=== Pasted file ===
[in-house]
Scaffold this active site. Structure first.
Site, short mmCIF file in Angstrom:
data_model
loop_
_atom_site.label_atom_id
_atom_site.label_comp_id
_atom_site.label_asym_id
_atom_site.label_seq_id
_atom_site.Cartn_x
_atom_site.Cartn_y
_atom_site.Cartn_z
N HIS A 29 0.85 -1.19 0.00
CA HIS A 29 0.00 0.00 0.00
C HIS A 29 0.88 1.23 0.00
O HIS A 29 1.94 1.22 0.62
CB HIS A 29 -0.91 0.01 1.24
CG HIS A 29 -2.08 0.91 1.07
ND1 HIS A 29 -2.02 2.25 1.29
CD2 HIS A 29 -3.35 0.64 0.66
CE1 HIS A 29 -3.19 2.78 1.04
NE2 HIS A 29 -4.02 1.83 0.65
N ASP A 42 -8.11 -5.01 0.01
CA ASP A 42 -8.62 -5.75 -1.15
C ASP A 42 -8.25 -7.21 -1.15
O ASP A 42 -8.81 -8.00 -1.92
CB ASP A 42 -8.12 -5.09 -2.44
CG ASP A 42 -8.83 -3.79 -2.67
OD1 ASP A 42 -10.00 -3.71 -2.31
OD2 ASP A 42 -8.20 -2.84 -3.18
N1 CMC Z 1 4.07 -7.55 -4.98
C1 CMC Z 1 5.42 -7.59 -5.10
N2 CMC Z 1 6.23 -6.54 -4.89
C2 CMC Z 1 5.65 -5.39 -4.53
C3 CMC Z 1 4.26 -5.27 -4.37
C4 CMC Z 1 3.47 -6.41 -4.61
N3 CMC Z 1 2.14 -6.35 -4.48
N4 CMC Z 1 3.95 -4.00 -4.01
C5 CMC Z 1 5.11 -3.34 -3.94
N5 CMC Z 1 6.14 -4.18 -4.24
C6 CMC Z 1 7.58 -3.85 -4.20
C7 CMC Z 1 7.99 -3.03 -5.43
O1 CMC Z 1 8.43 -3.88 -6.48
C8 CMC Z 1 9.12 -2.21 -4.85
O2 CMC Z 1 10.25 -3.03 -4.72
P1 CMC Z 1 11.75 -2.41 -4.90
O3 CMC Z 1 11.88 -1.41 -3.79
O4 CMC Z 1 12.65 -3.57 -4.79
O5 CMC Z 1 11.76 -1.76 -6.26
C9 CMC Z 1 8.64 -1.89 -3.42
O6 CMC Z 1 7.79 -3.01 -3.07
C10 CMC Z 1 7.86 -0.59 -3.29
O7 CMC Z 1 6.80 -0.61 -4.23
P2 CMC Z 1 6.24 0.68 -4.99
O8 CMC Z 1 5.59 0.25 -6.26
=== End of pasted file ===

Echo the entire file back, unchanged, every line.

[in-house]
Scaffold this active site. Structure first.
Site, short mmCIF file in Angstrom:
data_model
loop_
_atom_site.label_atom_id
_atom_site.label_comp_id
_atom_site.label_asym_id
_atom_site.label_seq_id
_atom_site.Cartn_x
_atom_site.Cartn_y
_atom_site.Cartn_z
N HIS A 29 0.85 -1.19 0.00
CA HIS A 29 0.00 0.00 0.00
C HIS A 29 0.88 1.23 0.00
O HIS A 29 1.94 1.22 0.62
CB HIS A 29 -0.91 0.01 1.24
CG HIS A 29 -2.08 0.91 1.07
ND1 HIS A 29 -2.02 2.25 1.29
CD2 HIS A 29 -3.35 0.64 0.66
CE1 HIS A 29 -3.19 2.78 1.04
NE2 HIS A 29 -4.02 1.83 0.65
N ASP A 42 -8.11 -5.01 0.01
CA ASP A 42 -8.62 -5.75 -1.15
C ASP A 42 -8.25 -7.21 -1.15
O ASP A 42 -8.81 -8.00 -1.92
CB ASP A 42 -8.12 -5.09 -2.44
CG ASP A 42 -8.83 -3.79 -2.67
OD1 ASP A 42 -10.00 -3.71 -2.31
OD2 ASP A 42 -8.20 -2.84 -3.18
N1 CMC Z 1 4.07 -7.55 -4.98
C1 CMC Z 1 5.42 -7.59 -5.10
N2 CMC Z 1 6.23 -6.54 -4.89
C2 CMC Z 1 5.65 -5.39 -4.53
C3 CMC Z 1 4.26 -5.27 -4.37
C4 CMC Z 1 3.47 -6.41 -4.61
N3 CMC Z 1 2.14 -6.35 -4.48
N4 CMC Z 1 3.95 -4.00 -4.01
C5 CMC Z 1 5.11 -3.34 -3.94
N5 CMC Z 1 6.14 -4.18 -4.24
C6 CMC Z 1 7.58 -3.85 -4.20
C7 CMC Z 1 7.99 -3.03 -5.43
O1 CMC Z 1 8.43 -3.88 -6.48
C8 CMC Z 1 9.12 -2.21 -4.85
O2 CMC Z 1 10.25 -3.03 -4.72
P1 CMC Z 1 11.75 -2.41 -4.90
O3 CMC Z 1 11.88 -1.41 -3.79
O4 CMC Z 1 12.65 -3.57 -4.79
O5 CMC Z 1 11.76 -1.76 -6.26
C9 CMC Z 1 8.64 -1.89 -3.42
O6 CMC Z 1 7.79 -3.01 -3.07
C10 CMC Z 1 7.86 -0.59 -3.29
O7 CMC Z 1 6.80 -0.61 -4.23
P2 CMC Z 1 6.24 0.68 -4.99
O8 CMC Z 1 5.59 0.25 -6.26